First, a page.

Upcoming Shows

We've been named as a official selection in the Southern Circuit of Filmmakers Tour, March 17-24.

Shows are in Hapeville, GA 3/17, Madison, GA 3/20, Orangeburg, SC 3/22, Gainsville, GA 3/23, and Manteo, NC 3/24.
Learn more by going to the SouthArts blog.

View the theatrical trailer for A Gift for the Village

Sunday, June 10, 2007

Jane's Update...5 days away from flying to Nepal!

This note was sent to all of us on the team by Jane. Just reading it bumps up the anticipation level that much more (just how much more room is there on the anticipation meter, anyway?)

I have just written again to both the CEO and the general manager of The Kathmandu Guest House to thank them in advance for the help they will extend to us in a week. If you haven't, do go to their web site and glimpse some of the > details of that place. You may have read that all the famous explorers, literary types, and The Beatles would always have stayed only at The Guest House. I am always excited to go back there.

I have also spoken yesterday to Tammy, my cousin and old roommate from undergrad days at William & Mary. Tammy is married to Andrew, and with their younger son Luke, the three of them leave tonight from Dulles Airport in D.C., fly to Bahrain, and tomorrow to Kathmandu. Tammy and Andrew are also the parents of Cy, who is the 20-year-old from Blacksburg living in Kathmandu to study Tibetan language. They haven't seen Cy for many months and so they are leaving before us and reuniting with him, but they will be at the festival out west when we are there.
> >
Tammy was speaking to me from her cell phone while Andrew was driving them to D.C., and I told her that if she had forgotten anything, just let me know--that I could help. No, she said; she had triple-checked her list. Half an hour later, she called me, panicked. I FORGOT MY CONTACT LENSES!, which I went to her house and found and have already packed and told her are safely on their way; no problem. The lesson being, you are likeliest to forget what is closest to your nose.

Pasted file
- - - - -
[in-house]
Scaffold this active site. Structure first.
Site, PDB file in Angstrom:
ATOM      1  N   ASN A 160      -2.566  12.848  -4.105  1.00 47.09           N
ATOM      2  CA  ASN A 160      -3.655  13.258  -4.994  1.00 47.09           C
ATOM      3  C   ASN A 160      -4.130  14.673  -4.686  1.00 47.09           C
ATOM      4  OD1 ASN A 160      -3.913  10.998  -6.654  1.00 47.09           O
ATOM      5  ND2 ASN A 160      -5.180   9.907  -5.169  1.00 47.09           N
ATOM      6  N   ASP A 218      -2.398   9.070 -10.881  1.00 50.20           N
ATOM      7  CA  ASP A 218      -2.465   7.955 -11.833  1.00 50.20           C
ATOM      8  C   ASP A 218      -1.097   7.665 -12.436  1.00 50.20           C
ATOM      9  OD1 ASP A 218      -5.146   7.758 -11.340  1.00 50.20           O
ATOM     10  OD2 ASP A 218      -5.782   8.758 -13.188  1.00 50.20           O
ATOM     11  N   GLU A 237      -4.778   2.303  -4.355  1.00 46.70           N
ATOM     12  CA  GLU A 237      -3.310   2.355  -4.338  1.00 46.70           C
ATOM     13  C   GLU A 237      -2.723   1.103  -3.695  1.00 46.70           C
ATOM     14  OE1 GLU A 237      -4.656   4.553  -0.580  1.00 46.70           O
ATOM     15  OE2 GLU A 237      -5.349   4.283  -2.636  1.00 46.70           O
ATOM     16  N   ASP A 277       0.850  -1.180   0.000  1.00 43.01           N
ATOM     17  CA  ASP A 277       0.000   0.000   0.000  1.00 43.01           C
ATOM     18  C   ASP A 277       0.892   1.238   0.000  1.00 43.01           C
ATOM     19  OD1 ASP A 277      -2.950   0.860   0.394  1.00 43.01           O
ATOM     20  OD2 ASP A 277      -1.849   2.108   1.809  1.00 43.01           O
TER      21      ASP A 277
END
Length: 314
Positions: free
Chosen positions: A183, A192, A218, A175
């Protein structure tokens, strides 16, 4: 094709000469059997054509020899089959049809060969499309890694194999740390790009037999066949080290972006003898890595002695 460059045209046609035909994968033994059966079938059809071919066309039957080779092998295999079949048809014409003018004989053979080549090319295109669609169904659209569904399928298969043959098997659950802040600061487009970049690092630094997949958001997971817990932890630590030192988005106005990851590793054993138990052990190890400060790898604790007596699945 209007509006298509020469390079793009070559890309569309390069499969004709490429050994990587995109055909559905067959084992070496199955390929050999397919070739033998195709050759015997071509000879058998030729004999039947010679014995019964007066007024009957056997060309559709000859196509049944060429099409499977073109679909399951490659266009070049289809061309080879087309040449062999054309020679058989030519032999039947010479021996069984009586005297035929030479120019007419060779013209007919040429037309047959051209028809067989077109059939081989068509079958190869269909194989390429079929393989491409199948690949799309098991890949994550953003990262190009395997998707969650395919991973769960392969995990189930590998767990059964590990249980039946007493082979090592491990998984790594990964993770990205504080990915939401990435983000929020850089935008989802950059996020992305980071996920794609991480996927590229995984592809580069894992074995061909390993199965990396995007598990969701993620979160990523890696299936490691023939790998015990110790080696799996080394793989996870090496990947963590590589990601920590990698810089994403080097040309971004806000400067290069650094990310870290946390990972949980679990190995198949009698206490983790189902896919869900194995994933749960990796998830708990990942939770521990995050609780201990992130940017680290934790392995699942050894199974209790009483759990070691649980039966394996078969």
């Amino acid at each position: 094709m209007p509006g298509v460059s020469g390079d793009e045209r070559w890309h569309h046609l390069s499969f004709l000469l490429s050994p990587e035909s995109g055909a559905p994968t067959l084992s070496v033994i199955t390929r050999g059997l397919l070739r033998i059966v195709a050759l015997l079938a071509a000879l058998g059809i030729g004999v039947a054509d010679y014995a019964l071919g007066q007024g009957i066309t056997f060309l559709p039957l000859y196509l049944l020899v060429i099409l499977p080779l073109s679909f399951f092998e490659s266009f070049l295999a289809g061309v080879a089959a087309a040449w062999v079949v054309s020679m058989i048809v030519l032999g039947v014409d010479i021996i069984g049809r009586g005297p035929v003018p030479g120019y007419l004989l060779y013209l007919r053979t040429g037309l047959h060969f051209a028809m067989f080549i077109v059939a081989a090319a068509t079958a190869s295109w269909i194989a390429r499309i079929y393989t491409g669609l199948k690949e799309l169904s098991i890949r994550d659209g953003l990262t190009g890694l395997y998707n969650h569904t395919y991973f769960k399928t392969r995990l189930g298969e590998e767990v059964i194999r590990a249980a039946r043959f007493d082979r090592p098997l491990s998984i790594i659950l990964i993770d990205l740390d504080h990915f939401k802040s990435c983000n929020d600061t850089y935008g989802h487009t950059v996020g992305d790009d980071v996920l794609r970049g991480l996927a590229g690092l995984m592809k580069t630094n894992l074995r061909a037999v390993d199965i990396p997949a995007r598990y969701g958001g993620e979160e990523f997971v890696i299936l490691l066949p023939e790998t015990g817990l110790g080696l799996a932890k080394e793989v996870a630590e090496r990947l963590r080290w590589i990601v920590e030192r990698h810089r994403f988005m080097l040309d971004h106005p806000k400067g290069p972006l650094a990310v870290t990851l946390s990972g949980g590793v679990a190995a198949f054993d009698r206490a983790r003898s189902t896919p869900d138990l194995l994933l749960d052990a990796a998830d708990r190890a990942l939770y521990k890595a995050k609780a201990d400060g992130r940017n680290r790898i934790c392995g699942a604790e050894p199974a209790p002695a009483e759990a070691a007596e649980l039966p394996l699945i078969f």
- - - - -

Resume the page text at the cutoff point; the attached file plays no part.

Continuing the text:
Tammy and I discussed what Cy did while he was out in Mustang, in Tsampa's village of Jomsom. Mostly, Cy told his mother, he practiced the ten alphabets of the Tibetan written language. There are ten, because Tibetans use a different "font," you could say, depending upon the subject matter being written about. You would not use the same alphabetic style to write a note to a friend as you would to write a prescription for medicine, and you would need a third "font" to write a prayer, and a fourth to write directions on a road sign, and a fifth to sign your name. You get the idea. Isn't so much diffeentiation daunting, confusing, almost impossible? Tammy asked her son. Oh no, he said. It's relaxing, like drawing.

Cy wrote to me to tell me that Tsampa's priorities are to meet us in
> Kathmandu (we arrive on the 17th) and then to go to Jomson ahead of us, on the 20th, to make preparations. He knows to go ahead and have a Buddhist tailor lined up to get the edging/framing sewn onto the painting, so I am very hopeful that connection will happen easily if not promptly when we arrive. "Promptly" actually isn't a word you'll need in Nepal. I'm sure the British never
it during their 150 years of attempts in colonizing India, either.

I wrote to Tsampa's younger son, Tsewang, to thank him for agreeing to be our translator (probably with Cy's help too). Tsewang is brilliant, and is often called upon to translate when visitors come to Nepal. He has just been accepted into the Dalai Lama's prestigious and small private school for training amchis in Darjeeling, in the Himalayan foothills of northeast
> India, overlooking the enormous Kachenjunga peak, but he will be available to us for the time we are there. This is fortunate timing for our project, and nice in terms of content, since the younger amchi will be side by side with his teacher/father for our film. I expect one day I will also paint this next amchi's portrait.